• private sector development of interoperable eBusiness solutions for transactions, security, procurement and payments.

A SECURE INFORMATION INFRASTRUCTURE

The gradual introduction of a secure information infrastructure is one of the main objectives of the eEurope 2005 action plan. Measures have already been adopted in this field at European Union level: a proposal from the Commission in June 2001 on network security, combating cyber crime in the framework of the eEurope 2002 action plan, a Directive on the protection of personal data in the telecommunications sector, and activities under the research framework programme. In the field of security, the new action plan proposes the following activities:

  • the establishment of a cyber security task force – on the basis of a proposal which the Commission should put forward in 2002;
  • the introduction by the public and private sectors of a “security culture” in the design and implementation of information and communication products;
  • examining the possibility for secure communications between public services.

WIDE AVAILABILITY OF BROADBAND ACCESS

The eEurope 2005 action plan calls for the stimulation of innovation and increased use of and investment in broadband communications. To achieve this, the action plan focuses on the following activities:

  • use of the new regulatory framework for radio spectrum policy to guarantee frequency availability for wireless broadband services;
  • support for broadband access in less-favoured areas;
  • increased provision by public authorities of their contents on different interactive technological platforms;
  • speeding up the transition to digital television.

BENCHMARKING

The action plan also provides for measures for the analysis, identification and dissemination of good practices, in particular through conferences and support networks. In the framework of the benchmarking exercise launched by eEurope 2002, it is planned that a list of indicators and a renewed methodology will be put in place at European Union level by the end of 2002.

Related Acts

REVIEW OF eEUROPE 2005

Communication from the Commission of 21 August 2009 to the European Parliament, the Council, the European Economic and Social Committee and the Committee of the Regions – Final Evaluation of the eEurope 2005 Action Plan and of the multiannual programme (2003-2006) for the monitoring of eEurope 2005 Action Plan, dissemination of good practices and the improvement of network and information security (Modinis) [COM(2009) 432 final – Not published in the Official Journal].

This Communication reports on the final evaluation of the eEurope 2005 Action Plan and the Modinis Programme.
With regard to the eEurope 2005 Action Plan, the evaluators found the strategy to be useful and relevant. In fact, the Programme had enabled a dialogue between countries with very different cultures and references to be set up and maintained. Weaknesses were noted concerning the stakeholders’ group, which did not appear to fulfil its advisory role in a satisfactory manner.
The Modinis Programme also received a positive assessment in that it added value to Member States’ activities. However, a lack of transparency was found in the relationship between the Modinis Management Committee and the eEurope Advisory Group.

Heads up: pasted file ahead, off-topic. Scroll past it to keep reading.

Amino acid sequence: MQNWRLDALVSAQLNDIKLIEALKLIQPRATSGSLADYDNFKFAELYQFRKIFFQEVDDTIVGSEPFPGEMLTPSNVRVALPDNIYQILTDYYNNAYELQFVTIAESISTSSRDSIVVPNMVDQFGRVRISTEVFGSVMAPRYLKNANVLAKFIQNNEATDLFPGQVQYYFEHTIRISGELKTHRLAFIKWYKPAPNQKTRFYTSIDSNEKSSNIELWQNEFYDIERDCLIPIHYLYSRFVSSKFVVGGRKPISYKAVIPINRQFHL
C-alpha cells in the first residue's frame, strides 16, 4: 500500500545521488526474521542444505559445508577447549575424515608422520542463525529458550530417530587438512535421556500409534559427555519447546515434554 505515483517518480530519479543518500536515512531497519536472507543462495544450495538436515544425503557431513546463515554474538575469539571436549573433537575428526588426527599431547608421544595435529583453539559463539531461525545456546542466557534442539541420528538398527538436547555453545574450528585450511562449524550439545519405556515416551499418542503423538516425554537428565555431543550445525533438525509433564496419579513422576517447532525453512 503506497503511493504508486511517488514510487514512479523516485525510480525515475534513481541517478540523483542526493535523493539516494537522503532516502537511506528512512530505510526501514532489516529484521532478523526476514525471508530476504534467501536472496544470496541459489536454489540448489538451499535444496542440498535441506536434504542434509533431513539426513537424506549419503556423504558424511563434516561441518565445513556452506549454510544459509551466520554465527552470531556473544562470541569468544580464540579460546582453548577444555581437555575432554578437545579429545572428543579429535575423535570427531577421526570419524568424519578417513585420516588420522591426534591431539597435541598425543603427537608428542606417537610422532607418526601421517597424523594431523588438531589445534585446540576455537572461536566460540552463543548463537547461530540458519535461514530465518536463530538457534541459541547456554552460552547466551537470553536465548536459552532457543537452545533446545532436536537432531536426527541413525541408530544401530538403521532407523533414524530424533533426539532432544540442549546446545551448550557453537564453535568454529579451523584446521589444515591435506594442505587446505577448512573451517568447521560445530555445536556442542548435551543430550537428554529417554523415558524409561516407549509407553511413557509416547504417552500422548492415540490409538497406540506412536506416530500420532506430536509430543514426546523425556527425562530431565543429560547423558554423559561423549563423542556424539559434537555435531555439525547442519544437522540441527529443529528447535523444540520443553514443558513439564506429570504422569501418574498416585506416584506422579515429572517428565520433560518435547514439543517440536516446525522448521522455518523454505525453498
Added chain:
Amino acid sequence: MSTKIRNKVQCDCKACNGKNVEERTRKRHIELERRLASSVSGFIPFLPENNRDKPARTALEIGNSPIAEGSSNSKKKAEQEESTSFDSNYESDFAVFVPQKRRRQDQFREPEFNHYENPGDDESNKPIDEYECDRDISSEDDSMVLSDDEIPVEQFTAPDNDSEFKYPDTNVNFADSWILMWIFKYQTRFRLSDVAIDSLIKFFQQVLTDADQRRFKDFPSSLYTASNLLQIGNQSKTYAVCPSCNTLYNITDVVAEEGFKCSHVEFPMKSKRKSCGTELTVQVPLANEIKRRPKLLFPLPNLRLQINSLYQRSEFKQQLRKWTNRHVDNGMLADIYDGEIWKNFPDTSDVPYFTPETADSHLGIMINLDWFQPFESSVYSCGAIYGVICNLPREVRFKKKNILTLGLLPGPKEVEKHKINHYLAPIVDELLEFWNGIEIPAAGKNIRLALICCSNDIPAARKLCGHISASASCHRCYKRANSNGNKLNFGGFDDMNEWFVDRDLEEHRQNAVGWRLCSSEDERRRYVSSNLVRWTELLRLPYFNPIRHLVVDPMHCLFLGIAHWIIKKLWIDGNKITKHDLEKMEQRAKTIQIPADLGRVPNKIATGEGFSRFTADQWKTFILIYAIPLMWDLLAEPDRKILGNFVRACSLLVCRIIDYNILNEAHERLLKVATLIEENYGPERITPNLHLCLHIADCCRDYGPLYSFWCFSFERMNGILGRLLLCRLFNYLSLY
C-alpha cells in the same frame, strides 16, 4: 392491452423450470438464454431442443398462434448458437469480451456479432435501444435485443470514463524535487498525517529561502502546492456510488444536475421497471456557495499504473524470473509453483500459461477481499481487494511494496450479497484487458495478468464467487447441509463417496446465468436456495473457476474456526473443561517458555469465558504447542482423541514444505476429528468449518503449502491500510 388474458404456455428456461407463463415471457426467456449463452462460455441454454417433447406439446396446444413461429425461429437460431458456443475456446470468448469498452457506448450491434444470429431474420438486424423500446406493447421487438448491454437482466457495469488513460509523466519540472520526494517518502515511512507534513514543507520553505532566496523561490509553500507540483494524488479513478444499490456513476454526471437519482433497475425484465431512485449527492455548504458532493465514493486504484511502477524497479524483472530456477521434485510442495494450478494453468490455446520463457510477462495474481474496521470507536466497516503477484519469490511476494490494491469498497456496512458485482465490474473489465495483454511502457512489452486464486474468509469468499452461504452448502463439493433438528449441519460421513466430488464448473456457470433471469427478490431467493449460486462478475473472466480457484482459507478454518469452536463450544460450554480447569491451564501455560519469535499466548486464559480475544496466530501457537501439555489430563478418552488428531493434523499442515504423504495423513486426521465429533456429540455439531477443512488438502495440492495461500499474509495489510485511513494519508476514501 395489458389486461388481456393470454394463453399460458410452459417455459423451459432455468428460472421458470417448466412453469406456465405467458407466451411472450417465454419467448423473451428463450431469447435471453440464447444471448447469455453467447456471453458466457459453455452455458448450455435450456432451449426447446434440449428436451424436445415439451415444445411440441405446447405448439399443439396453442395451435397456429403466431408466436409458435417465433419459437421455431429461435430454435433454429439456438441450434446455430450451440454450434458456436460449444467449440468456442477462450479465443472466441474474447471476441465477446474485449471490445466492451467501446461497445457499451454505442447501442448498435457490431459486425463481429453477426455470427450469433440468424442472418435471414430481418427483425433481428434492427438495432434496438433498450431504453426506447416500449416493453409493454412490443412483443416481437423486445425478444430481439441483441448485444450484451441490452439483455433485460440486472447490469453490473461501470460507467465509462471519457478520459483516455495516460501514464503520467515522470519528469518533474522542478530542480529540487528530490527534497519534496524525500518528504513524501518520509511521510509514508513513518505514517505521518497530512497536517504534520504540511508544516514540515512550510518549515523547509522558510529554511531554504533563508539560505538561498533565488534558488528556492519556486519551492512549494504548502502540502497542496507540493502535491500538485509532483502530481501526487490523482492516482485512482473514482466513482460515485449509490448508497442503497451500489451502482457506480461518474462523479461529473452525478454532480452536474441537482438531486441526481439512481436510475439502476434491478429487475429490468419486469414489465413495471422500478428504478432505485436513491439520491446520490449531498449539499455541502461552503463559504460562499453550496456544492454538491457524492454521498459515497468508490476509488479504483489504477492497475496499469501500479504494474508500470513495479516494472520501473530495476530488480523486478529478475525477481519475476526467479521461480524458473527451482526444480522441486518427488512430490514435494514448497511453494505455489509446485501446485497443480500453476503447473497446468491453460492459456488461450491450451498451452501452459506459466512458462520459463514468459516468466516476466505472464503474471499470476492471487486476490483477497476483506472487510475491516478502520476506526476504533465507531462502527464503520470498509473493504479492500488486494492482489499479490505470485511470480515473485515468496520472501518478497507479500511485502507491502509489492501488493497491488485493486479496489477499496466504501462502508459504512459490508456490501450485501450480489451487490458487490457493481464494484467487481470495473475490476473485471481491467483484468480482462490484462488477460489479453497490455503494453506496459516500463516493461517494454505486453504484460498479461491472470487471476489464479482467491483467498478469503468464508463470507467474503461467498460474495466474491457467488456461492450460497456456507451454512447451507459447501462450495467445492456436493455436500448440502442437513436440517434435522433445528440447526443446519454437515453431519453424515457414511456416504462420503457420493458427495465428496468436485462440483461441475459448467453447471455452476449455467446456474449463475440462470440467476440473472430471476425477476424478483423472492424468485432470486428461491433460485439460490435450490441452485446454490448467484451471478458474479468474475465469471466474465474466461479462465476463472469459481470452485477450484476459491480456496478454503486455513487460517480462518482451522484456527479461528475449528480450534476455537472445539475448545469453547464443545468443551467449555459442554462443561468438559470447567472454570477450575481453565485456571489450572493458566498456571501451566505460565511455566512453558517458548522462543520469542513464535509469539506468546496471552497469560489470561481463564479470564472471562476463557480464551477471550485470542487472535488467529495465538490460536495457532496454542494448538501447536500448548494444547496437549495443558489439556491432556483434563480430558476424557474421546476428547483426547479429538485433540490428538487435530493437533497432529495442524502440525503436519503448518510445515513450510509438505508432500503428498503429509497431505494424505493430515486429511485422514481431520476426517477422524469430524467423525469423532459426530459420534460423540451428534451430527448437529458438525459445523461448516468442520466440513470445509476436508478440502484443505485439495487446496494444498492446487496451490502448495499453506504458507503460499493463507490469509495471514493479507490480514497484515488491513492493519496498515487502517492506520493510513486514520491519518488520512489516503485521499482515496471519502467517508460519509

The weaknesses identified did not, however, affect the implementation of the Programme. They have been taken into account under the framework of the i2010 Initiative and one of its main funding instruments (ICT-PSP).

Commission communication of 18 February 2004 “eEurope 2005 mid-term review” [COM(2004) 108 final – Not published in the Official Journal].

The report highlights the encouraging results produced by the action plan in many fields, particularly on broadband connections and e-government. The proportion of basic government services fully available online grew from 17% to 43% between October 2001 and October 2003. In addition, the number of broadband connections in the EU almost doubled between 2002 and 2003.
The report gives details of the progress made in seven fields and pinpoints the areas where further efforts are needed:

  • e-government: Good progress has been made in this area, but wide differences persist between Member States in terms of the range of services available. Reinforced cooperation is needed at EU level on policy orientation and financial support.
  • e-learning: Almost every educational and training centre is now connected to the Internet. The review of the action plan will have to address the need systematically to evaluate the lessons that have been learnt from all the initiatives and pilot actions.
  • e-health: e-health is becoming a central aspect of health policy at regional, national and European level. However, work needs to continue on the e-health activities proposed in eEurope: electronic health cards; online health services and health information networks. A firm political commitment is needed to create Europe-wide interoperability in this field.
  • e-business: Despite a steady increase in buying and selling on-line, achievements in the e-business field should extend beyond e-commerce to encompass the full integration of information and communication technologies (ICT) into business processes. Once again, the insufficient interoperability of business applications impedes the adoption of new forms of collaboration. Efforts must also continue on the establishment of the .eu top level domain and the adoption of secure and effective e-payment systems.